Question: 1 Although Platt did not intend on disclosing the information

1. Although Platt did not intend on disclosing the information to Switzer, could Platt’s choice to discuss confidential corporate matters with his spouse in a public place where one could easily overhear him constitute the requisite breach of duty required for a tipper-tippee case?
2. The SEC never appealed this case. Do you believe that the SEC prosecuted Switzer because of his high profile?
3. Did Switzer’s partners have a legal and/or ethical duty to inquire about the source of Switzer’s information?

Switzer inadvertently overheard Platt, an executive at TIC discuss highly confidential information about one of TIC’s subsidiaries, Phoenix, in a casual conversation with his wife while in the bleachers at a track meet. The next day Switzer convinced several investors to form a partnership for the purposes of purchasing large amounts of Phoenix stock, which neither Switzer nor his partners ever heard of. Ultimately, Switzer and his partners earned a substantial profit from the purchase and sale of the stock and after an investigation, the SEC filed a complaint alleging that Switzer was a tippee in violation of rule 10(b)(5) of the ’34 Act.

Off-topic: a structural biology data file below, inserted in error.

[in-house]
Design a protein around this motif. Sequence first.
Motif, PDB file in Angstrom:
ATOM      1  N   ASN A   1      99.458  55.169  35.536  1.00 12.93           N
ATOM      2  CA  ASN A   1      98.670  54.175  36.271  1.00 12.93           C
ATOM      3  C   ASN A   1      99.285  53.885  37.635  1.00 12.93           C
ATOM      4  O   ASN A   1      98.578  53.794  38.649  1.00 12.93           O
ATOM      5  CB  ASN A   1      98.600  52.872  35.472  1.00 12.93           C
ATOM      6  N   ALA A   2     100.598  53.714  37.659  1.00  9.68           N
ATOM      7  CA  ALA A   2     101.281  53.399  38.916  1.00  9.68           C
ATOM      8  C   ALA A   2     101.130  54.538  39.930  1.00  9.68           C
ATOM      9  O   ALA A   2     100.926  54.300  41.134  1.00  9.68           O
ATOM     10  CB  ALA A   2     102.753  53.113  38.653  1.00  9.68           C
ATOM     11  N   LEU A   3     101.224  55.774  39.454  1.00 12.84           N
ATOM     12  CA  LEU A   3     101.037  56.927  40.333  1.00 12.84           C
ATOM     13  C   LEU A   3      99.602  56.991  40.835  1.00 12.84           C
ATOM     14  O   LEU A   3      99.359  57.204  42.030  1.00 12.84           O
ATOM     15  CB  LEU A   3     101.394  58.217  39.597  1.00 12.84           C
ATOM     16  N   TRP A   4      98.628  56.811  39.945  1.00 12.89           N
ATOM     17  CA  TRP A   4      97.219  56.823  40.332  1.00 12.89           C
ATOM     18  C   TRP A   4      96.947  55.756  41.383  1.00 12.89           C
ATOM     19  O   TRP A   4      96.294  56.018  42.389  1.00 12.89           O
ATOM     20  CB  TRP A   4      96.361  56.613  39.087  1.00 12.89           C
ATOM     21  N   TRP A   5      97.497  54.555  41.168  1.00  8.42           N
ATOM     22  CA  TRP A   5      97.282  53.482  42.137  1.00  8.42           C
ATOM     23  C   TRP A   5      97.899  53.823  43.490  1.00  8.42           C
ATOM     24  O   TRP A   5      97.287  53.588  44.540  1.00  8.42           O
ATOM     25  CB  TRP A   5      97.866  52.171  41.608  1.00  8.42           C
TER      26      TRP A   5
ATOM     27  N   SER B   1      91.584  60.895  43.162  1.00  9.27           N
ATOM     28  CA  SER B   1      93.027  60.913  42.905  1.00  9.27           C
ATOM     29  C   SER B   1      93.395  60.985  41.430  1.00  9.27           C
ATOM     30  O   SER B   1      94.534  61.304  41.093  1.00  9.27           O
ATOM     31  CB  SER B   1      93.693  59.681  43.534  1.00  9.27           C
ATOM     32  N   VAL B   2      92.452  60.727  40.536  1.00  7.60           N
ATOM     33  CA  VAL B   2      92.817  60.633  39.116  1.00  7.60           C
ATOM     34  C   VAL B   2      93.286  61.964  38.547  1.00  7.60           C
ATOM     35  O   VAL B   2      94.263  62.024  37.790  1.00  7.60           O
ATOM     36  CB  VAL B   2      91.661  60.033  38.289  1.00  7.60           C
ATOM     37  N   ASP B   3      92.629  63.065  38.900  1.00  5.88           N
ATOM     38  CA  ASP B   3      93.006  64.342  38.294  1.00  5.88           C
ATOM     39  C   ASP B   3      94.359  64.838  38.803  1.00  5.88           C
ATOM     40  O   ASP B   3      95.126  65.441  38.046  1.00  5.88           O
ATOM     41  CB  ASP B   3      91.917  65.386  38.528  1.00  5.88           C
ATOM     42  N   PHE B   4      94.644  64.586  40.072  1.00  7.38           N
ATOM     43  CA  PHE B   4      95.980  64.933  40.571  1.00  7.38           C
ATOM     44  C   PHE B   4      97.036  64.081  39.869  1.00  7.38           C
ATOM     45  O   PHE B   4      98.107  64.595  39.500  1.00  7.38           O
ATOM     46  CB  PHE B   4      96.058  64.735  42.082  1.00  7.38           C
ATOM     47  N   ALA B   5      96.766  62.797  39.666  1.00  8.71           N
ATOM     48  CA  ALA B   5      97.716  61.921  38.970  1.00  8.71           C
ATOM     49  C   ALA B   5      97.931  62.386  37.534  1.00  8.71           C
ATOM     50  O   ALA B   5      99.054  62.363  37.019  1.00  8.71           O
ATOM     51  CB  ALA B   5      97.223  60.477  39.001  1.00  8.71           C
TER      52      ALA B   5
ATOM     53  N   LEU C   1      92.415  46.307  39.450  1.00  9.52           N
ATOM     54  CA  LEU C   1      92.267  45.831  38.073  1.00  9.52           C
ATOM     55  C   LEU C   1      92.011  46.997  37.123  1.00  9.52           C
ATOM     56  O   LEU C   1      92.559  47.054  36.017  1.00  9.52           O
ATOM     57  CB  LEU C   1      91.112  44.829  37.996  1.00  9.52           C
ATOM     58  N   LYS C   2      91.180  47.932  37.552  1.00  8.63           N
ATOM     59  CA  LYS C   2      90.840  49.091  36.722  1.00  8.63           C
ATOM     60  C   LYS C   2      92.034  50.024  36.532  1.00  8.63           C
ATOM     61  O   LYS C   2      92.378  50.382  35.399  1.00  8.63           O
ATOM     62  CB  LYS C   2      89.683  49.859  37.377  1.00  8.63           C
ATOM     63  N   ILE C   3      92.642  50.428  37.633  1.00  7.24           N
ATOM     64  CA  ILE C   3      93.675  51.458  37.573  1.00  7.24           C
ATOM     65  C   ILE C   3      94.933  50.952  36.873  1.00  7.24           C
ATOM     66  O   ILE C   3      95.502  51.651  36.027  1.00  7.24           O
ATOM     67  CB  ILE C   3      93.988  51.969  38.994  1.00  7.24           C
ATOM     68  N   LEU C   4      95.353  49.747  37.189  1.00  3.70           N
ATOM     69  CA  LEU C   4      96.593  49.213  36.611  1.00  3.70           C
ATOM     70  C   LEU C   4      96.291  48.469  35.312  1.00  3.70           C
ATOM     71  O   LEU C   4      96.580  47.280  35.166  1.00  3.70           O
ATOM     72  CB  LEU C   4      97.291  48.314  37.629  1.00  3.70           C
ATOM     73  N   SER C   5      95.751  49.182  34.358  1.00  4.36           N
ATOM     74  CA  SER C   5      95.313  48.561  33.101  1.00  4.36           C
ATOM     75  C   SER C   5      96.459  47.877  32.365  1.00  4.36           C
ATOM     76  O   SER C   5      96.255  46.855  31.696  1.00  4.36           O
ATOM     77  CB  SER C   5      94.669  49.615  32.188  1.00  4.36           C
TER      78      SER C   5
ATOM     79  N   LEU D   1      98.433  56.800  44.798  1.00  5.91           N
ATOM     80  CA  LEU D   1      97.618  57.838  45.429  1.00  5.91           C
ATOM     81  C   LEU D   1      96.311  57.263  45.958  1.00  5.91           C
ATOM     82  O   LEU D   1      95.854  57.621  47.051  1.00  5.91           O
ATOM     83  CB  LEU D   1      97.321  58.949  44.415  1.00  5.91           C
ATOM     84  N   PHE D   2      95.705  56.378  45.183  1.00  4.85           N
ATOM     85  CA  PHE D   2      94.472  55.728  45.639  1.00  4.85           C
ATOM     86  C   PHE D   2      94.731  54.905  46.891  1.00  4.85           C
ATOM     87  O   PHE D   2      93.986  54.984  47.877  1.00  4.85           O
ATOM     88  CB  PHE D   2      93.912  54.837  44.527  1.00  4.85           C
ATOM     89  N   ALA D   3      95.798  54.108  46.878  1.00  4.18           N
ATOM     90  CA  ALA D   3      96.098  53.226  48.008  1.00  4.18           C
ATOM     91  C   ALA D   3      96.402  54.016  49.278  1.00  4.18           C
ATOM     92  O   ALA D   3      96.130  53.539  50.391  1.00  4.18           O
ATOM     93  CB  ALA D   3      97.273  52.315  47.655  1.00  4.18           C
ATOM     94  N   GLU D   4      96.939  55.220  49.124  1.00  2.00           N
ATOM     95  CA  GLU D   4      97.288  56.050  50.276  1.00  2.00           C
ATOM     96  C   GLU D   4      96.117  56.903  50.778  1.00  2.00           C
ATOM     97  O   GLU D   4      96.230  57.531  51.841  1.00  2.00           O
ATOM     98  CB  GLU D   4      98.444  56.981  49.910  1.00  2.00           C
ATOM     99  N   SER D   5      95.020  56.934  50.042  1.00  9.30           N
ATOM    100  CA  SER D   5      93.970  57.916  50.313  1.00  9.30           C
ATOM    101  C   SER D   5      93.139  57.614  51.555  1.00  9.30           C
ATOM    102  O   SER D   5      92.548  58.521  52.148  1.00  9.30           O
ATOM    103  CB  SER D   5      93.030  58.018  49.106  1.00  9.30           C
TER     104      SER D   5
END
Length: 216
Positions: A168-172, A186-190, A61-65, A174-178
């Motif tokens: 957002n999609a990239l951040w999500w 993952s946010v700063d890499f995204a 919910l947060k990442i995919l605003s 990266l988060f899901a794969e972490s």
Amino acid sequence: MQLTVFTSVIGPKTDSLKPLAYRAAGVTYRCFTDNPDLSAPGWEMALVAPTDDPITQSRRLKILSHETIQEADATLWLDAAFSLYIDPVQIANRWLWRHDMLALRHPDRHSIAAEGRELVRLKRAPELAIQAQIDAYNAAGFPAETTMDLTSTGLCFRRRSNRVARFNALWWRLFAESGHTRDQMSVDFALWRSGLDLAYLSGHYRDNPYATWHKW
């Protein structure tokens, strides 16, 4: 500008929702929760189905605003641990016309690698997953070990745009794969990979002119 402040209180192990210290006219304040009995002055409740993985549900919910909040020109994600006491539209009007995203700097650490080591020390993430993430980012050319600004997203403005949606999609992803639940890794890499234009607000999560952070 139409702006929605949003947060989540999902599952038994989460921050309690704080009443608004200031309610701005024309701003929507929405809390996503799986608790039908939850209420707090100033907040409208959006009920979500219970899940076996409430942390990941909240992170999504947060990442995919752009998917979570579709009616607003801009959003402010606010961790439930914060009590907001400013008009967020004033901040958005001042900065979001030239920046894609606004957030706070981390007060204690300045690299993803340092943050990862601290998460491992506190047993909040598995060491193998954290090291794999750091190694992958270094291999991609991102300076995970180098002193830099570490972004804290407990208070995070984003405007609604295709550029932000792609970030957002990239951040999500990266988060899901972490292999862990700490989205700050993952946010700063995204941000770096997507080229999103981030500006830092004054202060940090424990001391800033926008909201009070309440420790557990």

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  • CreatedNovember 06, 2014
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